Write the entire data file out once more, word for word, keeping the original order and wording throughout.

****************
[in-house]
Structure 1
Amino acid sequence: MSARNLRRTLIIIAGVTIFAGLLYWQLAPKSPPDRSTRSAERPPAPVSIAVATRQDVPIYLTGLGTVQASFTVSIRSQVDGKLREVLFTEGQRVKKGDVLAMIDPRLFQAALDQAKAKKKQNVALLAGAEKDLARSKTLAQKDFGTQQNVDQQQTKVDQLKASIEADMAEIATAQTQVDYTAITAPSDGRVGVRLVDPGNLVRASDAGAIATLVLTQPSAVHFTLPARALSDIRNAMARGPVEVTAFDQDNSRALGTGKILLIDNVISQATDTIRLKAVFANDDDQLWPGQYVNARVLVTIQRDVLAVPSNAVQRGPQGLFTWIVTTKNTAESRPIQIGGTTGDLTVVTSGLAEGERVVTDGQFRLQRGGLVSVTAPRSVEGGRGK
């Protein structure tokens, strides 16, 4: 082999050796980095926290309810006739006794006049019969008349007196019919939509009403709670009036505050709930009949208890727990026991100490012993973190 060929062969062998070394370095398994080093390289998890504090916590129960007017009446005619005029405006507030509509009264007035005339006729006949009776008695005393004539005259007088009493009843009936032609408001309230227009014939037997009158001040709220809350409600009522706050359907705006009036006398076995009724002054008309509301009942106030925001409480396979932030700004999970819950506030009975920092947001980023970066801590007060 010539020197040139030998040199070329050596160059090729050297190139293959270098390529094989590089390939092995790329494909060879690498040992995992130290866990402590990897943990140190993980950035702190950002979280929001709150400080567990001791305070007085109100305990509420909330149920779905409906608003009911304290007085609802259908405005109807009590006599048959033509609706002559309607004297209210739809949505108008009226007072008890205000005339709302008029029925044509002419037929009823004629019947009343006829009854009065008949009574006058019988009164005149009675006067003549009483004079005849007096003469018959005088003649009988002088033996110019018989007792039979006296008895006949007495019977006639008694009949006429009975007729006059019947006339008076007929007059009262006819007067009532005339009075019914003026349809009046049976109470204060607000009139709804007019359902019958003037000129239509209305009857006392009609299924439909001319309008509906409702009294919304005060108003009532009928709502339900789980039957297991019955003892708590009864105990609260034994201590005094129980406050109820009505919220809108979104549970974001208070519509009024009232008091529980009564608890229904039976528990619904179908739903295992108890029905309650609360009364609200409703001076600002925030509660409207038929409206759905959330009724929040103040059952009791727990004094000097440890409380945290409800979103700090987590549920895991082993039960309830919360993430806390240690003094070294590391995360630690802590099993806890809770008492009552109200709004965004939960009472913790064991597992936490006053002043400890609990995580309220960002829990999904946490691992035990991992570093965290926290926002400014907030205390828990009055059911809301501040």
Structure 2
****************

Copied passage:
[in-house]
Structure 1
Amino acid sequence: MSARNLRRTLIIIAGVTIFAGLLYWQLAPKSPPDRSTRSAERPPAPVSIAVATRQDVPIYLTGLGTVQASFTVSIRSQVDGKLREVLFTEGQRVKKGDVLAMIDPRLFQAALDQAKAKKKQNVALLAGAEKDLARSKTLAQKDFGTQQNVDQQQTKVDQLKASIEADMAEIATAQTQVDYTAITAPSDGRVGVRLVDPGNLVRASDAGAIATLVLTQPSAVHFTLPARALSDIRNAMARGPVEVTAFDQDNSRALGTGKILLIDNVISQATDTIRLKAVFANDDDQLWPGQYVNARVLVTIQRDVLAVPSNAVQRGPQGLFTWIVTTKNTAESRPIQIGGTTGDLTVVTSGLAEGERVVTDGQFRLQRGGLVSVTAPRSVEGGRGK
């Protein structure tokens, strides 16, 4: 082999050796980095926290309810006739006794006049019969008349007196019919939509009403709670009036505050709930009949208890727990026991100490012993973190 060929062969062998070394370095398994080093390289998890504090916590129960007017009446005619005029405006507030509509009264007035005339006729006949009776008695005393004539005259007088009493009843009936032609408001309230227009014939037997009158001040709220809350409600009522706050359907705006009036006398076995009724002054008309509301009942106030925001409480396979932030700004999970819950506030009975920092947001980023970066801590007060 010539020197040139030998040199070329050596160059090729050297190139293959270098390529094989590089390939092995790329494909060879690498040992995992130290866990402590990897943990140190993980950035702190950002979280929001709150400080567990001791305070007085109100305990509420909330149920779905409906608003009911304290007085609802259908405005109807009590006599048959033509609706002559309607004297209210739809949505108008009226007072008890205000005339709302008029029925044509002419037929009823004629019947009343006829009854009065008949009574006058019988009164005149009675006067003549009483004079005849007096003469018959005088003649009988002088033996110019018989007792039979006296008895006949007495019977006639008694009949006429009975007729006059019947006339008076007929007059009262006819007067009532005339009075019914003026349809009046049976109470204060607000009139709804007019359902019958003037000129239509209305009857006392009609299924439909001319309008509906409702009294919304005060108003009532009928709502339900789980039957297991019955003892708590009864105990609260034994201590005094129980406050109820009505919220809108979104549970974001208070519509009024009232008091529980009564608890229904039976528990619904179908739903295992108890029905309650609360009364609200409703001076600002925030509660409207038929409206759905959330009724929040103040059952009791727990004094000097440890409380945290409800979103700090987590549920895991082993039960309830919360993430806390240690003094070294590391995360630690802590099993806890809770008492009552109200709004965004939960009472913790064991597992936490006053002043400890609990995580309220960002829990999904946490691992035990991992570093965290926290926002400014907030205390828990009055059911809301501040």
Structure 2